The forests of Thailand are home to an amazing range of mammals varying in size from the elephant to the world's smallest mammal, the Kitti's Hog-nosed Bat. In total 282 mammals have been identified in Thailand - 12% of the world's mammal species. These include 92 species of bat, 70 rodents, 36 carnivores, 18 ungulates and 13 primates. However, the larger mammals have been heavily persecuted, and now they only survive in significant numbers in the larger protected areas such as the parks used by Wild Watch Thailand in the west of the country. The elephant, for example, had long been a symbol of Thailand, and was once depicted on the national flag. Sadly, however, their numbers are down to around 2,000-3,000 animals.
Nine wild cat species exist in Thailand, including the most dramatic of them all, the tiger. Like elephants, tiger numbers are much reduced, but the Western Forest Complex remains one of the country's most important tiger habitats. Other species include the leopard, the beautiful clouded leopard, the golden cat and the leopard cat. Two species of bear exist in Thailand, the Asiatic black bear, and the world's smallest bear, the Malaysian sun bear. Both species are omnivorous, surviving primarily on fruit and vegetable matter.
Ungulates (hoofed animals) of Thailand include the beautiful barking deer and the large sambar deer, wild boar, the massive gaur, the world's largest wild cattle species, the banteng, a likely ancestor of domestic cattle, and the serow, a mountain goat that is at home on the steep limestone cliffs of western Thailand.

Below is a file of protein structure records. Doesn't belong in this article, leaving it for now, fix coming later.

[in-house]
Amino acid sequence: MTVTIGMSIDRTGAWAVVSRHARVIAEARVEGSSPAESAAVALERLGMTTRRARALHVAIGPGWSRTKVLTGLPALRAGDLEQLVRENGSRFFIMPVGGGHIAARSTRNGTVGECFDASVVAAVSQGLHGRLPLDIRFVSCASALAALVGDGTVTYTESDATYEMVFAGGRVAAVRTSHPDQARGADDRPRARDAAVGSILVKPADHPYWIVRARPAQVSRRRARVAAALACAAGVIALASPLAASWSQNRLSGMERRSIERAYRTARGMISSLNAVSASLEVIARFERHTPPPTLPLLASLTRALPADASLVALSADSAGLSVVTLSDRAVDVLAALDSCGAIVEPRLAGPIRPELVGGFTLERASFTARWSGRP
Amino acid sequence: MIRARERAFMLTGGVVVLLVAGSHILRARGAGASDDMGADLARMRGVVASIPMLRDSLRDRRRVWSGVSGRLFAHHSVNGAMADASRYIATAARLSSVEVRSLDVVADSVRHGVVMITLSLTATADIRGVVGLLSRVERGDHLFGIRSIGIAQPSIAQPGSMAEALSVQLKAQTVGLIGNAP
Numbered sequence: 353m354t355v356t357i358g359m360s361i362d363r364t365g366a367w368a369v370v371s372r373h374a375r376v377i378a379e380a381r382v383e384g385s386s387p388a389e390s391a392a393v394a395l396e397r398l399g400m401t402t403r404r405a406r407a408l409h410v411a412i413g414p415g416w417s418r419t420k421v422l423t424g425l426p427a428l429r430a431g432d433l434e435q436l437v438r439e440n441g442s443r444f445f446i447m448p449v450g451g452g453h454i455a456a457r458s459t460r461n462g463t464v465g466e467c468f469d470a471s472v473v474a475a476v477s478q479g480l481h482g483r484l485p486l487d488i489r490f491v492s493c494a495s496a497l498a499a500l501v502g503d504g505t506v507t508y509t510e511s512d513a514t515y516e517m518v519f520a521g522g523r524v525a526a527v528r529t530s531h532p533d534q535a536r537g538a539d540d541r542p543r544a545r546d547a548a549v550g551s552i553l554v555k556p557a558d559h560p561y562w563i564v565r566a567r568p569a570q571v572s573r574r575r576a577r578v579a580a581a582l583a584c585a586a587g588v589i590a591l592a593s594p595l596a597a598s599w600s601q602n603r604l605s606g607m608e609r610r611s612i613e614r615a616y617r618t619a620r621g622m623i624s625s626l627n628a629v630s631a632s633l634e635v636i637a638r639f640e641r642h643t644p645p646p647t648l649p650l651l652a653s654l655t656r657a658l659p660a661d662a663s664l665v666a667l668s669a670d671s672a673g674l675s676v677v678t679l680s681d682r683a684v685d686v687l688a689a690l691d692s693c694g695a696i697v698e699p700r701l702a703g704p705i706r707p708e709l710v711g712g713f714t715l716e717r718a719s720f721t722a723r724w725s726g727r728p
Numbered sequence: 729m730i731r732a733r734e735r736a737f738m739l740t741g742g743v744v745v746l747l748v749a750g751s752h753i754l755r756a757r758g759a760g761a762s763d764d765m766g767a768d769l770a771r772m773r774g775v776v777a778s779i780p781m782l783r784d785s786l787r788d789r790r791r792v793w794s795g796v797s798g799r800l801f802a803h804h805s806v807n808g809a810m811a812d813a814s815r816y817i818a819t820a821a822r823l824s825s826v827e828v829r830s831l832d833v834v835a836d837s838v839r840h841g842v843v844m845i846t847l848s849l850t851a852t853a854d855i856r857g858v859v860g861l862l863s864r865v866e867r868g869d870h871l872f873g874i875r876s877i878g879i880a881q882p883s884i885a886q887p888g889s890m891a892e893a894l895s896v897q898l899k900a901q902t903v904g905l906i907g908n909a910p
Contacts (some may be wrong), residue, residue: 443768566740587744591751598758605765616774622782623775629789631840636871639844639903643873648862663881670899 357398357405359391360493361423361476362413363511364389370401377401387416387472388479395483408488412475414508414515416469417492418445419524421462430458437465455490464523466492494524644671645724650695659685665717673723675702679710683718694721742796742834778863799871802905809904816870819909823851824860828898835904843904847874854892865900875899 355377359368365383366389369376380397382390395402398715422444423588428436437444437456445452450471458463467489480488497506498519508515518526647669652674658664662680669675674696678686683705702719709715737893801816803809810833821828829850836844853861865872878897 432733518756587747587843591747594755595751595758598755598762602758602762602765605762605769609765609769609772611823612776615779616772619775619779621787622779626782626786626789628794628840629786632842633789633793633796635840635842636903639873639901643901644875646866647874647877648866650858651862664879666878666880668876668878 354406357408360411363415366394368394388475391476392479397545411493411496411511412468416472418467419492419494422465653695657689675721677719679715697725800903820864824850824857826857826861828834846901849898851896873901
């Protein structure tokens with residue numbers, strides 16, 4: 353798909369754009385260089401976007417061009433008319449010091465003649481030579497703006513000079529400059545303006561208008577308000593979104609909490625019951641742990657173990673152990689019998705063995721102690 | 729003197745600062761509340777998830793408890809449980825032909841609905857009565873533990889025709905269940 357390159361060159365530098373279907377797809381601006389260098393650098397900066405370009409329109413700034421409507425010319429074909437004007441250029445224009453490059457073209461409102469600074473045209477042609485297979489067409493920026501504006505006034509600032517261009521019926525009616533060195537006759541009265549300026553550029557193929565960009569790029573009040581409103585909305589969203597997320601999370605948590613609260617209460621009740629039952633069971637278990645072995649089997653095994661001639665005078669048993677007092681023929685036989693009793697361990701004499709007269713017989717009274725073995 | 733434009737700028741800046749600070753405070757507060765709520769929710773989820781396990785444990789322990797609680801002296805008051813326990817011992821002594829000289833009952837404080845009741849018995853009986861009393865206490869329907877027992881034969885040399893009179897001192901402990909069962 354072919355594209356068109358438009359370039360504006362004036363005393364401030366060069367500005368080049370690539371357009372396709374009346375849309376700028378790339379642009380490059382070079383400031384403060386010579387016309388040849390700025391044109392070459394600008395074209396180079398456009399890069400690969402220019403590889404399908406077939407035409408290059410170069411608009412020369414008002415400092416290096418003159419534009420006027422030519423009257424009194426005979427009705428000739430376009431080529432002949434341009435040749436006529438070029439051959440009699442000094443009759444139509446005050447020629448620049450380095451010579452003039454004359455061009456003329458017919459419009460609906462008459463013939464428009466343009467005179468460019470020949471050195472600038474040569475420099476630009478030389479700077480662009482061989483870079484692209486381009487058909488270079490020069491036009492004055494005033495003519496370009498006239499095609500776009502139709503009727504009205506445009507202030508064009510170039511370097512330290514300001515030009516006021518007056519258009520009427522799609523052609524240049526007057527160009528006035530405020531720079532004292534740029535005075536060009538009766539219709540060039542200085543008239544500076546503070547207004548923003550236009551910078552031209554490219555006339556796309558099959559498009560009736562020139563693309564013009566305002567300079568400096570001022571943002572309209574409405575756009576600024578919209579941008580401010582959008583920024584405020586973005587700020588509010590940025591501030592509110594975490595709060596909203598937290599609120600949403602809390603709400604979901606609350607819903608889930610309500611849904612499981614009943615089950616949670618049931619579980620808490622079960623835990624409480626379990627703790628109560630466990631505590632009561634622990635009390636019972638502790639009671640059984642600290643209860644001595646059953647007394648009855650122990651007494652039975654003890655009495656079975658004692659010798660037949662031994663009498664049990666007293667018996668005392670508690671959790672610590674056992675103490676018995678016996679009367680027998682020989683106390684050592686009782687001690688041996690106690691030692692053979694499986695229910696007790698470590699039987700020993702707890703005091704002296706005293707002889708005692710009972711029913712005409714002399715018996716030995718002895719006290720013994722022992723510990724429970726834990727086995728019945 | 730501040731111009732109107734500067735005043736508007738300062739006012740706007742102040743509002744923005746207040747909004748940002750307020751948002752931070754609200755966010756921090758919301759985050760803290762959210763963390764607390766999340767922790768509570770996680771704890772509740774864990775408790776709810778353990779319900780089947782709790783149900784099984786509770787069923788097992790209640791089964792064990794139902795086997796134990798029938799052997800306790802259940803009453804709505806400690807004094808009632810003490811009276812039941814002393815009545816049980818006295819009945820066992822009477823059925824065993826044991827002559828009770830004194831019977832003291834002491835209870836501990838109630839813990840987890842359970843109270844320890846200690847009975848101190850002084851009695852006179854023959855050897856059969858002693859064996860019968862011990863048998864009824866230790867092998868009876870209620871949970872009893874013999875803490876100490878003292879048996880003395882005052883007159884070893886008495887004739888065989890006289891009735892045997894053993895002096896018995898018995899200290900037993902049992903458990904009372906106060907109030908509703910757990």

Three of the country's primate species are gibbons, a family of apes that occurs only in Asia and possesses the most fantastic aerial skills in the forest canopy. Most other species are monkeys, and include five species of macaque and four species of the smaller leaf-monkey.
Thailand is home to a vast range of reptiles and amphibians. Although still persecuted by many, the country's reptiles are an essential part of the food chain and play an important role in the control of pests such as rats and insects. Some 176 species of snake have been identified in Thailand, ranging in size from 20 centimetres for the common blind snake to 10 metres for a fully-grown reticulated python. Three species of tortoise inhabit the country. The largest of these, the Asian giant tortoise may exceed 40 kilogrammes and live for more than 100 years. Although much disliked by Thais, the monitor lizard is still fairly widespread. The largest, the giant water monitor, can exceed two metres in length and weigh more than 50 kilogrammes. Many other species of lizards are found in Thailand, including the amazing gliding Draco lizards which can sail significant distances from tree to tree.